It’s been five days since the partnerships of providers who will be involved in the Oliver McGowan Mandatory Training for Autism & Learning Disability Awareness were announced. The response on social media has been intense, questioning and ongoing. I’ve tried to keep out of things because I’m acutely aware that I will never be on the receiving end of the skills/attitudes that are delivered by the training. Plenty of people who have been commenting have been on the receiving end (i.e. have been inpatients in ATUs and other hospital services) or are in fear of what might happen to them if they ever do find themselves in such an environment. These are the voices I am most interested in; not the families, or the allies or the professional organisations. These are the voices from the coal face.
Watching from the touchlines has been utterly depressing. I’ve felt shame, guilt, anger that whilst a tiny few have been engaged with, but only to criticise them for their approach, the vast majority of people who have asked questions or expressed concerns have been totally ignored. Nothing. It’s as if they hadn’t spoken. This doesn’t augur well. It feels that something is being set up from the outset that is completely at odds with the stated aim of the training project: that autistic people and people with learning disabilities will be treated with respect, humanity and as rightful individuals in their encounters with the NHS. I have seen scant evidence of that over the past few days. Quite the contrary. Questions and concerns have been dismissed as “hatred”, “vitriol”, “bullying”. One lovely chap asked a series of (in my eyes) very polite, relevant questions and suddenly found himself labelled as an abuser of women. I’m not sure what is worse: hostility or complete silence. They both give the same message though – you are not worthy enough to be engaged with.
I’ve had quite a few conversations with friends, trying to understand what is going on here. I think Sara Ryan shook the truth stick in exactly the right places in her blog on the subject and I’m not going to cover the ground that she has brilliantly covered:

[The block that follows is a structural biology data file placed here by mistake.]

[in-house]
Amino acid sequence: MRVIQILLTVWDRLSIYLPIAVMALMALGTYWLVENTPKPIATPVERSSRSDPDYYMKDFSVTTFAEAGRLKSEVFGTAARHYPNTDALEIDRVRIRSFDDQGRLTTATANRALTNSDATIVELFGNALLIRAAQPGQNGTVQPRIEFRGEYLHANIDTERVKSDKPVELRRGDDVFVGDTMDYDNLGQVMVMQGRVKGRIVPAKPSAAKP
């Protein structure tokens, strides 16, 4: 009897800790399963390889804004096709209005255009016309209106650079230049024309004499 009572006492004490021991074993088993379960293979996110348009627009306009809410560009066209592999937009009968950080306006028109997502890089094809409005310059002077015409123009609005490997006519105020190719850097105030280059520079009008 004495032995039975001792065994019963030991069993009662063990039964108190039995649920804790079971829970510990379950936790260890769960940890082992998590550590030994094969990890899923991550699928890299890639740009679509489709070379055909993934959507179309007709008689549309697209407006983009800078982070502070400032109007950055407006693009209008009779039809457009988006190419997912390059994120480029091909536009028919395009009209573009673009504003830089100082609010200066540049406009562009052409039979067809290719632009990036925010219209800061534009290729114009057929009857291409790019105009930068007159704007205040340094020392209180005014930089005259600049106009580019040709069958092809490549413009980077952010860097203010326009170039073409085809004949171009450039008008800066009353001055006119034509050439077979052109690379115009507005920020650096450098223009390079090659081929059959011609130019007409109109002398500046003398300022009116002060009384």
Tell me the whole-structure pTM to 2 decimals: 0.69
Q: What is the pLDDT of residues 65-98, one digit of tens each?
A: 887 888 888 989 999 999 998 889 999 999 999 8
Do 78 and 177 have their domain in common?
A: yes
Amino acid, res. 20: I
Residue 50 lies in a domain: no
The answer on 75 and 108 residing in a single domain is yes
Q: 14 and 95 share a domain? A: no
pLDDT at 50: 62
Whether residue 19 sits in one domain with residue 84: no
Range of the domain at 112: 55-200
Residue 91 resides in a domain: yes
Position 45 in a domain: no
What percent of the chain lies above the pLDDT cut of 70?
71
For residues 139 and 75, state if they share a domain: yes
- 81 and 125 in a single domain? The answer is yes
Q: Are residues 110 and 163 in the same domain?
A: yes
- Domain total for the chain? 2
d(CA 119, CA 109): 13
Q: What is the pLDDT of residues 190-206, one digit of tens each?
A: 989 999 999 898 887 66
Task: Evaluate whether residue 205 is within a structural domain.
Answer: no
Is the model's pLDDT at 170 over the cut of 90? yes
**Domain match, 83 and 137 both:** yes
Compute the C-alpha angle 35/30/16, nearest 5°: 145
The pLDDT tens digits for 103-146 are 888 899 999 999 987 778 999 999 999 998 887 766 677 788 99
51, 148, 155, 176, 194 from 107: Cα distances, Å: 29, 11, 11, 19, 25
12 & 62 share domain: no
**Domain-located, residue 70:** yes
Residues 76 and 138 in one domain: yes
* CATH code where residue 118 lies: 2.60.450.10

I’ve still not worked out why the defensiveness has existed and been so hostile. I’m going to go off at a tangent here because a memory from 1993 popped up last night and feels pertinent. At the time, I was the training officer within the Housing Benefits department for a local authority. One day, I was asked to run a week long course for all the clerical assistants that wanted to take part. The clerical assistants were the lowest grade workers in the department and their duties consisted mainly of filing, post linking and photocopying. The plan was to devote a week with them to teaching them the role of the Clerical Officer (one grade up from them). It was seen, I guess, as something that they might find motivational. I took the order at face value and did a truncated version of the induction course that the clerical officers would normally receive. A couple of people chose not to attend, but those that did had a whale of a time and I felt chuffed to be part of something that appeared respectful and in good faith. On the penultimate day of the course, I was surprised to be pulled out of the course for half an hour and was called into the weekly management meeting. I was informed that there were currently three clerical officer vacancies and that I was to get all the trainees to sit a test on the last day and the three who came top would be offered a temporary upgrading. There was a rub. I wasn’t allowed to tell them this until after the test. I don’t know why, but it immediately spoiled the relationship we had built up over the week. I was in the know of something crucial to them, but not permitted to let them in on it. It is to my eternal shame that I went along with what I was ordered to do. The outcome was beastly. The delegates felt let down. They felt used. They felt their usual irrelevance was further cemented. I vowed after that shitshow never to put myself in that position again.